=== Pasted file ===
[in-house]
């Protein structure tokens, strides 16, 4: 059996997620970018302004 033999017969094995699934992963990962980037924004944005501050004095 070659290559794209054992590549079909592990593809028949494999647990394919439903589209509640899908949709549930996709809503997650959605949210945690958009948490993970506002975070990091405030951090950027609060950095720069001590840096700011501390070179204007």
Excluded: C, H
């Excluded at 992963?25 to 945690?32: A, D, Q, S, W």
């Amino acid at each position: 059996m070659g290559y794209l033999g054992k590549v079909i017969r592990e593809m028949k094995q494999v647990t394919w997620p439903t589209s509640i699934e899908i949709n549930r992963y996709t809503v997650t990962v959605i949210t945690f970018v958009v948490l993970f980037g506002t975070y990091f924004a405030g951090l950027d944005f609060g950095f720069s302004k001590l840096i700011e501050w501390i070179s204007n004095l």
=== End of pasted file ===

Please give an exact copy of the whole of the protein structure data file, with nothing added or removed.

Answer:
[in-house]
């Protein structure tokens, strides 16, 4: 059996997620970018302004 033999017969094995699934992963990962980037924004944005501050004095 070659290559794209054992590549079909592990593809028949494999647990394919439903589209509640899908949709549930996709809503997650959605949210945690958009948490993970506002975070990091405030951090950027609060950095720069001590840096700011501390070179204007």
Excluded: C, H
């Excluded at 992963?25 to 945690?32: A, D, Q, S, W």
């Amino acid at each position: 059996m070659g290559y794209l033999g054992k590549v079909i017969r592990e593809m028949k094995q494999v647990t394919w997620p439903t589209s509640i699934e899908i949709n549930r992963y996709t809503v997650t990962v959605i949210t945690f970018v958009v948490l993970f980037g506002t975070y990091f924004a405030g951090l950027d944005f609060g950095f720069s302004k001590l840096i700011e501050w501390i070179s204007n004095l």